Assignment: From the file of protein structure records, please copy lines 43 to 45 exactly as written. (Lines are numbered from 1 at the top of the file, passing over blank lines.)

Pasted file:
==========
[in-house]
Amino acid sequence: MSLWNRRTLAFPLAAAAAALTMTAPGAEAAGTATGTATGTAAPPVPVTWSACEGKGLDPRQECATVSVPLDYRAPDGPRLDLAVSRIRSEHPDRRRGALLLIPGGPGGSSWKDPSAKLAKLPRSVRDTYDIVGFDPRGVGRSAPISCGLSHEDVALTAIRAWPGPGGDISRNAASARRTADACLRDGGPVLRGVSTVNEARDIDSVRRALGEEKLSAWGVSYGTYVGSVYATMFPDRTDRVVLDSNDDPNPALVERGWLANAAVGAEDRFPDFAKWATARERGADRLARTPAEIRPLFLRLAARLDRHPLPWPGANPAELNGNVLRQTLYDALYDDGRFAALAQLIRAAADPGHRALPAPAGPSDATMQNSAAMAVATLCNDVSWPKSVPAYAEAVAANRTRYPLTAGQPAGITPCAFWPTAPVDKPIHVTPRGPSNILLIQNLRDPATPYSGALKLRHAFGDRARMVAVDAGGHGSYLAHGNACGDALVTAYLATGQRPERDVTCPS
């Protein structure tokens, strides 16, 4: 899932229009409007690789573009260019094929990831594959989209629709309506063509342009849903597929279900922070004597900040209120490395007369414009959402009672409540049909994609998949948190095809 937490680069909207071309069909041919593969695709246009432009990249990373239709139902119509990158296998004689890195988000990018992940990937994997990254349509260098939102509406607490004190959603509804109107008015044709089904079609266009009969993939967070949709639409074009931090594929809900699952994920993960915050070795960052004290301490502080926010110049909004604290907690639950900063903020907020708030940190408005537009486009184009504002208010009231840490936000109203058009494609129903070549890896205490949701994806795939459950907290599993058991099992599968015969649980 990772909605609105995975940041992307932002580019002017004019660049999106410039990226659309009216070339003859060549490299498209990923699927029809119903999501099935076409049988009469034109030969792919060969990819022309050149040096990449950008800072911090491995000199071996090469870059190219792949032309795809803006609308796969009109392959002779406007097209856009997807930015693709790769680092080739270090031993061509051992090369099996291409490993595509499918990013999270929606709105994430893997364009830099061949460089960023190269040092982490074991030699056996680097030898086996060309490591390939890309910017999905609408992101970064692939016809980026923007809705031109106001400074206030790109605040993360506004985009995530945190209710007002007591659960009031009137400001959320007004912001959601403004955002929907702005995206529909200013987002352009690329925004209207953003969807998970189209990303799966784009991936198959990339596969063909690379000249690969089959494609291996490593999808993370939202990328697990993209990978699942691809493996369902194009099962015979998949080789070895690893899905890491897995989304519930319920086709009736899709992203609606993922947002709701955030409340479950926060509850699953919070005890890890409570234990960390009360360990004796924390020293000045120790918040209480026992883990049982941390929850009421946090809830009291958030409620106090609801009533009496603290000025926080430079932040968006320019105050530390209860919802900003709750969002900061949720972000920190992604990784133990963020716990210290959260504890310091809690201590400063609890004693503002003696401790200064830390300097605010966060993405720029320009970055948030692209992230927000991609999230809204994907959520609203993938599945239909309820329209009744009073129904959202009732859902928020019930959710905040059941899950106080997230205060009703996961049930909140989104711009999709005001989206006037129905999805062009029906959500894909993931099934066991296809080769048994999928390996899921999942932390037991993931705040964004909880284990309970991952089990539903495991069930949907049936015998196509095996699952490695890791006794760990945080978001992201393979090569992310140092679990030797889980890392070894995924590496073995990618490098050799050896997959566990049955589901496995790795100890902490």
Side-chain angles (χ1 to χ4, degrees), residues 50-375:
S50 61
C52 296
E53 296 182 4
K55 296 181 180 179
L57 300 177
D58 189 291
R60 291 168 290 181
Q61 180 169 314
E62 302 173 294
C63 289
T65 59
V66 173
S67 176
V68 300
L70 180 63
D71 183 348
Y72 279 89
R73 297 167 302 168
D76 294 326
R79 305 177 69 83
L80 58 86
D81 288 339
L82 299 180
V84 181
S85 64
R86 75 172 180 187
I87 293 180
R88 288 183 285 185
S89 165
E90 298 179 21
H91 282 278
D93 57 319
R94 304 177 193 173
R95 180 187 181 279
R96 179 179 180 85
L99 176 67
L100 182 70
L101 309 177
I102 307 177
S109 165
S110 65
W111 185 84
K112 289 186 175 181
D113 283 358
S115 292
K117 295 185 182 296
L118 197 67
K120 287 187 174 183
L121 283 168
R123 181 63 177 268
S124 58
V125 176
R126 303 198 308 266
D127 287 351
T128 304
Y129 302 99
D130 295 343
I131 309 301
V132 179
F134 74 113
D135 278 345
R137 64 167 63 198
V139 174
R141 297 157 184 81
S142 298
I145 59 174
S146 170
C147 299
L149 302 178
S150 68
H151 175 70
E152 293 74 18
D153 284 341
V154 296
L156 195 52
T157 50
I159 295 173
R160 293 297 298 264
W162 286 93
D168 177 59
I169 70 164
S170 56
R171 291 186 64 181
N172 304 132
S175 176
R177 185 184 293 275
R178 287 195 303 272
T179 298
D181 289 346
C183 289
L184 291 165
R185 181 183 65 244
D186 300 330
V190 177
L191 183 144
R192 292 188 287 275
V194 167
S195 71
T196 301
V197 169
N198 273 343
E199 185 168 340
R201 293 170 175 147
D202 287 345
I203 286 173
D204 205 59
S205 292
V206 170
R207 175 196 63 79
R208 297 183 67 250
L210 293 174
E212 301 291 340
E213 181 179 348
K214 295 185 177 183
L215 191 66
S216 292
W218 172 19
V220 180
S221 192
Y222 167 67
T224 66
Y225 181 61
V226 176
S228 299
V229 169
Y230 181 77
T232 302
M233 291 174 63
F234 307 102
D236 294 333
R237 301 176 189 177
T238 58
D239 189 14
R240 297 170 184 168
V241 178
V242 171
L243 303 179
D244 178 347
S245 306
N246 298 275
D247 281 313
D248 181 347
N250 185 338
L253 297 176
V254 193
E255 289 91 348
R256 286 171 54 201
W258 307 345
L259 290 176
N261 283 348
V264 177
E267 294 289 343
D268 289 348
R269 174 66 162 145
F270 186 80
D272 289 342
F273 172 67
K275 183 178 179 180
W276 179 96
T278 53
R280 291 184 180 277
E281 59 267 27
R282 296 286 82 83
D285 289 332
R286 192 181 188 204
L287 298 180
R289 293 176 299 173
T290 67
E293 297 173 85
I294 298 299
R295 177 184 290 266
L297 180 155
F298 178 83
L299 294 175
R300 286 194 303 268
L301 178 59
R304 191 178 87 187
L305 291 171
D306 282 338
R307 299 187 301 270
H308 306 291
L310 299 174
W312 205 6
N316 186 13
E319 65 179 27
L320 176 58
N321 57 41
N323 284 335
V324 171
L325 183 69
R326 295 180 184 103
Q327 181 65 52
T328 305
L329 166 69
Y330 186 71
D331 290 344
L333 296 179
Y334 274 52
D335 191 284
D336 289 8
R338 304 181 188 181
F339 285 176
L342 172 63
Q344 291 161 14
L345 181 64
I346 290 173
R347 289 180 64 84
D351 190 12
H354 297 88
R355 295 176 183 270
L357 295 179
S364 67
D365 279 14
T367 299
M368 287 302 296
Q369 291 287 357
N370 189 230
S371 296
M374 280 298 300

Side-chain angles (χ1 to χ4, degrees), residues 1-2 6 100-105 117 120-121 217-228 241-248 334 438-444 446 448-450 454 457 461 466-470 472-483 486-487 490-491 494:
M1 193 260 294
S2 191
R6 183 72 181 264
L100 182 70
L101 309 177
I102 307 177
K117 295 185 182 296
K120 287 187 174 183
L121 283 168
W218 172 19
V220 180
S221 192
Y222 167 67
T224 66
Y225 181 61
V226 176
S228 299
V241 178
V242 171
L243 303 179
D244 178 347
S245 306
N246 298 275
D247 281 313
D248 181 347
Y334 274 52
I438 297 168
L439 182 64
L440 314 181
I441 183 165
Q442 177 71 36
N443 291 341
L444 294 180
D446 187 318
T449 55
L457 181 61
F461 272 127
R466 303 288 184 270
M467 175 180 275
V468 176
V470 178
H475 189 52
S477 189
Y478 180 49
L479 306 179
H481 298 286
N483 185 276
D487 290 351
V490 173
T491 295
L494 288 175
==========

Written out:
I102 307 177
S109 165
S110 65